At this point, sometimes a story is best told by taking a brief peak at the last chapter first …

St. Patrick’s Day morning I was discharged from the hospital three days after successful surgery for lung cancer. Now home recovering it’s time to share because ‘my story’ is now part of ‘our story’.

Back to Dec 22 between holiday schedules and the methodical plodding of medical testing it would be 27 days before I got to sit down and talk with a medical professional.

That ‘vague nodular density’ on an X-ray begat an 8mm ‘spiculated nodule’ on a CAT scan which begat an 8mm ‘irregular nodule, with an SUV max of less than 2.0’ on a PET scan. 

Feeling abandoned by the medical profession, the Grim Reaper moved into my head and became my new BFF. Of course I couldn’t sleep and the Reaper and I spent the holidays and the month of January surfing the Internet with my copies of each test and radiologist’s impressions trying to determine how long I had to live.

Simultaneously, I could not comprise on caregiving for Patti. Concealing everything from everyone, I stole only the moments to pause and treasure each ‘last’ Christmas, ‘last New Years’, etc.

I began living two lives.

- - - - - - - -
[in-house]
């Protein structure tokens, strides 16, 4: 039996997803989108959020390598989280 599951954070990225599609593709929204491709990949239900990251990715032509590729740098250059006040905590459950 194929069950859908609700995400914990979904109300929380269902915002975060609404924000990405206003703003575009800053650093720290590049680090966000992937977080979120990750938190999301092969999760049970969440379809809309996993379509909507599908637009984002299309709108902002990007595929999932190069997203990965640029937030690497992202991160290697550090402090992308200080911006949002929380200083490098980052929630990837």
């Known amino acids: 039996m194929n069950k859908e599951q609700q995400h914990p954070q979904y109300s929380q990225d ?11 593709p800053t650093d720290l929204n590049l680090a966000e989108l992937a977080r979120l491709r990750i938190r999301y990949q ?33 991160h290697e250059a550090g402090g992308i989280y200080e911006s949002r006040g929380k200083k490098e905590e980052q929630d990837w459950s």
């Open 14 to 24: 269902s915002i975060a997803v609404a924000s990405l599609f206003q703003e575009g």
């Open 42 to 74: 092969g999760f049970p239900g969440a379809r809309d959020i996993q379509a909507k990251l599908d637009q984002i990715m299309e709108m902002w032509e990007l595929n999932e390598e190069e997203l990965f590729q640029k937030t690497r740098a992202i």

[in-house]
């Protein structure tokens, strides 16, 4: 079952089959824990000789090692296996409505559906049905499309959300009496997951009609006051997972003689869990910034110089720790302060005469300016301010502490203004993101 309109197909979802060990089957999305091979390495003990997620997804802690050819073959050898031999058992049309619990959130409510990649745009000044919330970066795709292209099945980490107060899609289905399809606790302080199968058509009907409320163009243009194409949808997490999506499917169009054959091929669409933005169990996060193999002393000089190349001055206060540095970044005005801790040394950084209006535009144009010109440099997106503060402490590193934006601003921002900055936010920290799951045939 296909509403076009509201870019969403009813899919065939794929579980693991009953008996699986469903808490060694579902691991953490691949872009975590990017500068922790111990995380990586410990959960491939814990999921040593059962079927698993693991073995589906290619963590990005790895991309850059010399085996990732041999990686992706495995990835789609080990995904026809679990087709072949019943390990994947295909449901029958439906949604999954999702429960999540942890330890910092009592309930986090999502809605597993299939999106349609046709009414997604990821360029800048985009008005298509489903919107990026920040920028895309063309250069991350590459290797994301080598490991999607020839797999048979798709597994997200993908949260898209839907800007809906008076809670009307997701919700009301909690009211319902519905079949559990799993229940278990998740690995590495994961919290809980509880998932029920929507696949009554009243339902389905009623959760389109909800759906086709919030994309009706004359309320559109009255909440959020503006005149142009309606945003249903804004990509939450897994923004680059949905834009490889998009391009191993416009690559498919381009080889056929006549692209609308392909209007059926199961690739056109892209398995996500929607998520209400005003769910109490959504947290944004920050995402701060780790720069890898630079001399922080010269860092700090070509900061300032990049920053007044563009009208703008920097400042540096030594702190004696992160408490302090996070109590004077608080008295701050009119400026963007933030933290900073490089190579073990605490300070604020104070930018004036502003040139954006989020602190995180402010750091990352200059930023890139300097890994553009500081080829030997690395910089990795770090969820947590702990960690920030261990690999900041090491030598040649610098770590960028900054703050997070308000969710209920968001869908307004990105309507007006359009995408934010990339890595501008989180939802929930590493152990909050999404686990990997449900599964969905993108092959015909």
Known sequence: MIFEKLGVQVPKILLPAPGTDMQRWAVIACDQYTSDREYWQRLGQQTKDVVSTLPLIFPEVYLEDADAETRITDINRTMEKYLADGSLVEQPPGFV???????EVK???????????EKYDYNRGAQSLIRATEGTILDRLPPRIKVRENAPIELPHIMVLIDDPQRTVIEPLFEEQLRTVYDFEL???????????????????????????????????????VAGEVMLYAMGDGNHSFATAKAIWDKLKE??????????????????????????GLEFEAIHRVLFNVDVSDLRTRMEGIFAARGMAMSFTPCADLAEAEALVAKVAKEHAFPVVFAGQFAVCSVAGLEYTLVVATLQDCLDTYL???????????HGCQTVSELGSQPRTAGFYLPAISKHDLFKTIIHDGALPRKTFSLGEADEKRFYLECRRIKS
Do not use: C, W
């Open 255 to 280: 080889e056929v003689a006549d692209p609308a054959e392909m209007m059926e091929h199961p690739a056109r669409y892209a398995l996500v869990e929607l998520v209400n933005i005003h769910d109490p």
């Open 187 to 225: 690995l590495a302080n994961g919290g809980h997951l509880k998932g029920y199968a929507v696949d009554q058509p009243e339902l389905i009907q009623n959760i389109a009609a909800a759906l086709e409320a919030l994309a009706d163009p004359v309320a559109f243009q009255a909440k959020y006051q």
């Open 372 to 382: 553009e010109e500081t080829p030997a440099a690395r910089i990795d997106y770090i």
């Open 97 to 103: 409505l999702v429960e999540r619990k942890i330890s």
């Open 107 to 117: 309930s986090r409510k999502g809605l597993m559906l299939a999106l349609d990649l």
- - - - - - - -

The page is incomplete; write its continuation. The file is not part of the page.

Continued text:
(to be continued … since its inception Caregivingly Yours entries have courteously not exceeded 350 words)

Wednesday, March 14, 2012

“This chili is bangin’!” – MS and Speech

Every day is MS Awareness day in our story.

Enjoying some of my home made chili at home earlier this month, Patti blurts out “this chili is bangin’!” Laughing, I couldn’t help but wonder if ‘gangsta wannabees’ had taken over Patti’s care facility. Certainly none of us had ever introduced the slang into conventional dinner conversation. Is this the new jargon of care facility life in 2012?

More than likely just MS Speech. Not one to write technical entries our story of MS Speech for MS Awareness Week/Month is best told through trial and error memories we lived and laughed through to get here.

"a church moment" March, 2006
... Patti cannot always control speaking volume and the more she tries the more opposite it can become
... “The frontal lobes are very important in regulating our behaviour. … People … fail to inhibit their innermost thoughts and do not modify their comments according to the situation.” Cerebral Function Unit, Carer’s Support Group, Salford, UK
... In a recent study of MS patients, … 62% reported speech and voice impairments
... Cursing and swearing is different than language, activating the emotional centers in the right side of the brain, rather than the cerebral communication centers on the left.
... From the National Multiple Sclerosis Society “Speech disorders are fairly common in MS. Lesions—damaged areas—in different parts of the brain can cause several types of changes in normal speech patterns. …Long Pauses … Words are Slurred … Swallowing Problems …”